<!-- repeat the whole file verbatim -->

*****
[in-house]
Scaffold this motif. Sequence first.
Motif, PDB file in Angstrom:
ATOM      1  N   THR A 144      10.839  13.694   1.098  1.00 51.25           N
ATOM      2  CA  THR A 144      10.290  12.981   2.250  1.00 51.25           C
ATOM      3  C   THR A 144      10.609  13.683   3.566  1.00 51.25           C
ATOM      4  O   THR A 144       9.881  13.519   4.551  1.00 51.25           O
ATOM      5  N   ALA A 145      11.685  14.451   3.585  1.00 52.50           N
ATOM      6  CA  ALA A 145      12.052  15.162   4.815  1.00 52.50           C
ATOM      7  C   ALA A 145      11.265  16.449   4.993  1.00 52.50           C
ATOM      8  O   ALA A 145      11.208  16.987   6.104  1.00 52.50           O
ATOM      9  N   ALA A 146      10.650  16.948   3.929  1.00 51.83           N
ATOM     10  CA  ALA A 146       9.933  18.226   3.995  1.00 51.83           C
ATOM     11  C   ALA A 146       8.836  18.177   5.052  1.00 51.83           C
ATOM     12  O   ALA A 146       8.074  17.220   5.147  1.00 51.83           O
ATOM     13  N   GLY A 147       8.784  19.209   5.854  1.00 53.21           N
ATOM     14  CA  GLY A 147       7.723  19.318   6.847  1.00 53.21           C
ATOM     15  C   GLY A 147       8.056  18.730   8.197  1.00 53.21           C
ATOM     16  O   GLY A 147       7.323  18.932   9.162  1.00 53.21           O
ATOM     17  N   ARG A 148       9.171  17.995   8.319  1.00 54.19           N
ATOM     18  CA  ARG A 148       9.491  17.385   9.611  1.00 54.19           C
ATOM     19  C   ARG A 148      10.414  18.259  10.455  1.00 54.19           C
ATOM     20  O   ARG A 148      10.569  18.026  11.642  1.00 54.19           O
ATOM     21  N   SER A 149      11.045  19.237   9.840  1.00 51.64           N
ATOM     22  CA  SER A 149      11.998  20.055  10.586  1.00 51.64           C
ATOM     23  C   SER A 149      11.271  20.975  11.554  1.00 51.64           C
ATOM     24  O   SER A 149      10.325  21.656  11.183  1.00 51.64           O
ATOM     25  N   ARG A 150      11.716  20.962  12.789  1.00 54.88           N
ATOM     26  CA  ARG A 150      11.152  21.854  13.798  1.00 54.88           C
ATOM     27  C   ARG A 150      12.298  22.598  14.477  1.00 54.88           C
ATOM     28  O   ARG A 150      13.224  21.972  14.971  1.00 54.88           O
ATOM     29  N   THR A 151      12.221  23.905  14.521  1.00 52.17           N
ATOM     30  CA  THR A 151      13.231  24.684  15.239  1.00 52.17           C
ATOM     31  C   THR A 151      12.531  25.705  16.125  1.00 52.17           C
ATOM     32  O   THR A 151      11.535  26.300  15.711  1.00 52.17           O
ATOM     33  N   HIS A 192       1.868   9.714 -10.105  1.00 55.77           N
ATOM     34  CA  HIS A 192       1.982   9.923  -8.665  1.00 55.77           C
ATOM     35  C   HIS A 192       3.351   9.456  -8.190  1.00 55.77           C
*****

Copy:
[in-house]
Scaffold this motif. Sequence first.
Motif, PDB file in Angstrom:
ATOM      1  N   THR A 144      10.839  13.694   1.098  1.00 51.25           N
ATOM      2  CA  THR A 144      10.290  12.981   2.250  1.00 51.25           C
ATOM      3  C   THR A 144      10.609  13.683   3.566  1.00 51.25           C
ATOM      4  O   THR A 144       9.881  13.519   4.551  1.00 51.25           O
ATOM      5  N   ALA A 145      11.685  14.451   3.585  1.00 52.50           N
ATOM      6  CA  ALA A 145      12.052  15.162   4.815  1.00 52.50           C
ATOM      7  C   ALA A 145      11.265  16.449   4.993  1.00 52.50           C
ATOM      8  O   ALA A 145      11.208  16.987   6.104  1.00 52.50           O
ATOM      9  N   ALA A 146      10.650  16.948   3.929  1.00 51.83           N
ATOM     10  CA  ALA A 146       9.933  18.226   3.995  1.00 51.83           C
ATOM     11  C   ALA A 146       8.836  18.177   5.052  1.00 51.83           C
ATOM     12  O   ALA A 146       8.074  17.220   5.147  1.00 51.83           O
ATOM     13  N   GLY A 147       8.784  19.209   5.854  1.00 53.21           N
ATOM     14  CA  GLY A 147       7.723  19.318   6.847  1.00 53.21           C
ATOM     15  C   GLY A 147       8.056  18.730   8.197  1.00 53.21           C
ATOM     16  O   GLY A 147       7.323  18.932   9.162  1.00 53.21           O
ATOM     17  N   ARG A 148       9.171  17.995   8.319  1.00 54.19           N
ATOM     18  CA  ARG A 148       9.491  17.385   9.611  1.00 54.19           C
ATOM     19  C   ARG A 148      10.414  18.259  10.455  1.00 54.19           C
ATOM     20  O   ARG A 148      10.569  18.026  11.642  1.00 54.19           O
ATOM     21  N   SER A 149      11.045  19.237   9.840  1.00 51.64           N
ATOM     22  CA  SER A 149      11.998  20.055  10.586  1.00 51.64           C
ATOM     23  C   SER A 149      11.271  20.975  11.554  1.00 51.64           C
ATOM     24  O   SER A 149      10.325  21.656  11.183  1.00 51.64           O
ATOM     25  N   ARG A 150      11.716  20.962  12.789  1.00 54.88           N
ATOM     26  CA  ARG A 150      11.152  21.854  13.798  1.00 54.88           C
ATOM     27  C   ARG A 150      12.298  22.598  14.477  1.00 54.88           C
ATOM     28  O   ARG A 150      13.224  21.972  14.971  1.00 54.88           O
ATOM     29  N   THR A 151      12.221  23.905  14.521  1.00 52.17           N
ATOM     30  CA  THR A 151      13.231  24.684  15.239  1.00 52.17           C
ATOM     31  C   THR A 151      12.531  25.705  16.125  1.00 52.17           C
ATOM     32  O   THR A 151      11.535  26.300  15.711  1.00 52.17           O
ATOM     33  N   HIS A 192       1.868   9.714 -10.105  1.00 55.77           N
ATOM     34  CA  HIS A 192       1.982   9.923  -8.665  1.00 55.77           C
ATOM     35  C   HIS A 192       3.351   9.456  -8.190  1.00 55.77           C